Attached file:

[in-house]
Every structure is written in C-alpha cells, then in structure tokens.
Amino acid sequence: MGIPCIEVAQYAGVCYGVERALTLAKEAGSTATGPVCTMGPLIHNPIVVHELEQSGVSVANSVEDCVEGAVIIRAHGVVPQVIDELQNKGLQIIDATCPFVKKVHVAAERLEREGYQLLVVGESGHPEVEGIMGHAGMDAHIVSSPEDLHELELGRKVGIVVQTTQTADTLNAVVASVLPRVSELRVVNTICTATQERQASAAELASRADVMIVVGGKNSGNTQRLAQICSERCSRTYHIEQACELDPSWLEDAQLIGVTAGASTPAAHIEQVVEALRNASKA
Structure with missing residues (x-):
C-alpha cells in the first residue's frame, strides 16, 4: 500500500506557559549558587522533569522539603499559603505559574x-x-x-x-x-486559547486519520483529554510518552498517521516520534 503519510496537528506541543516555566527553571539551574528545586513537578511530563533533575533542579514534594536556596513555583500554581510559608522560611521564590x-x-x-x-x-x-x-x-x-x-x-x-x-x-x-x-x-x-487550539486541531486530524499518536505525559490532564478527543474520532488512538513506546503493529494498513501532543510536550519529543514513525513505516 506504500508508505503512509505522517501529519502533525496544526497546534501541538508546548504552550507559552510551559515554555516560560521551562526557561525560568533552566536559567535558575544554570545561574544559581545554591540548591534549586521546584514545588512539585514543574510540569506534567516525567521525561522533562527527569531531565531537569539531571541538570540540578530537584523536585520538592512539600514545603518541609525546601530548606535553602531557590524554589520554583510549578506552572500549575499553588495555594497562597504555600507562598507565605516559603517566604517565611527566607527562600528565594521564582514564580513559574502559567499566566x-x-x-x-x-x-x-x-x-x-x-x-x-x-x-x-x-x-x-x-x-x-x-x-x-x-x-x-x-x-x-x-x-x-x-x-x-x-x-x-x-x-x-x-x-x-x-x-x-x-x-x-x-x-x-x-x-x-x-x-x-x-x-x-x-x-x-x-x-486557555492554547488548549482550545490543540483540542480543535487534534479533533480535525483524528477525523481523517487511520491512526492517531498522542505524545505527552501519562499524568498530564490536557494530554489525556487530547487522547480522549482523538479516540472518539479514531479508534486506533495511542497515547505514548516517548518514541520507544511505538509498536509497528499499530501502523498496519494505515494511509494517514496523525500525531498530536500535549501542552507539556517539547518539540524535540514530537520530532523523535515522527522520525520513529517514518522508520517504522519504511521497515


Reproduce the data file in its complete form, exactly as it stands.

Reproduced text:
[in-house]
Every structure is written in C-alpha cells, then in structure tokens.
Amino acid sequence: MGIPCIEVAQYAGVCYGVERALTLAKEAGSTATGPVCTMGPLIHNPIVVHELEQSGVSVANSVEDCVEGAVIIRAHGVVPQVIDELQNKGLQIIDATCPFVKKVHVAAERLEREGYQLLVVGESGHPEVEGIMGHAGMDAHIVSSPEDLHELELGRKVGIVVQTTQTADTLNAVVASVLPRVSELRVVNTICTATQERQASAAELASRADVMIVVGGKNSGNTQRLAQICSERCSRTYHIEQACELDPSWLEDAQLIGVTAGASTPAAHIEQVVEALRNASKA
Structure with missing residues (x-):
C-alpha cells in the first residue's frame, strides 16, 4: 500500500506557559549558587522533569522539603499559603505559574x-x-x-x-x-486559547486519520483529554510518552498517521516520534 503519510496537528506541543516555566527553571539551574528545586513537578511530563533533575533542579514534594536556596513555583500554581510559608522560611521564590x-x-x-x-x-x-x-x-x-x-x-x-x-x-x-x-x-x-487550539486541531486530524499518536505525559490532564478527543474520532488512538513506546503493529494498513501532543510536550519529543514513525513505516 506504500508508505503512509505522517501529519502533525496544526497546534501541538508546548504552550507559552510551559515554555516560560521551562526557561525560568533552566536559567535558575544554570545561574544559581545554591540548591534549586521546584514545588512539585514543574510540569506534567516525567521525561522533562527527569531531565531537569539531571541538570540540578530537584523536585520538592512539600514545603518541609525546601530548606535553602531557590524554589520554583510549578506552572500549575499553588495555594497562597504555600507562598507565605516559603517566604517565611527566607527562600528565594521564582514564580513559574502559567499566566x-x-x-x-x-x-x-x-x-x-x-x-x-x-x-x-x-x-x-x-x-x-x-x-x-x-x-x-x-x-x-x-x-x-x-x-x-x-x-x-x-x-x-x-x-x-x-x-x-x-x-x-x-x-x-x-x-x-x-x-x-x-x-x-x-x-x-x-x-486557555492554547488548549482550545490543540483540542480543535487534534479533533480535525483524528477525523481523517487511520491512526492517531498522542505524545505527552501519562499524568498530564490536557494530554489525556487530547487522547480522549482523538479516540472518539479514531479508534486506533495511542497515547505514548516517548518514541520507544511505538509498536509497528499499530501502523498496519494505515494511509494517514496523525500525531498530536500535549501542552507539556517539547518539540524535540514530537520530532523523535515522527522520525520513529517514518522508520517504522519504511521497515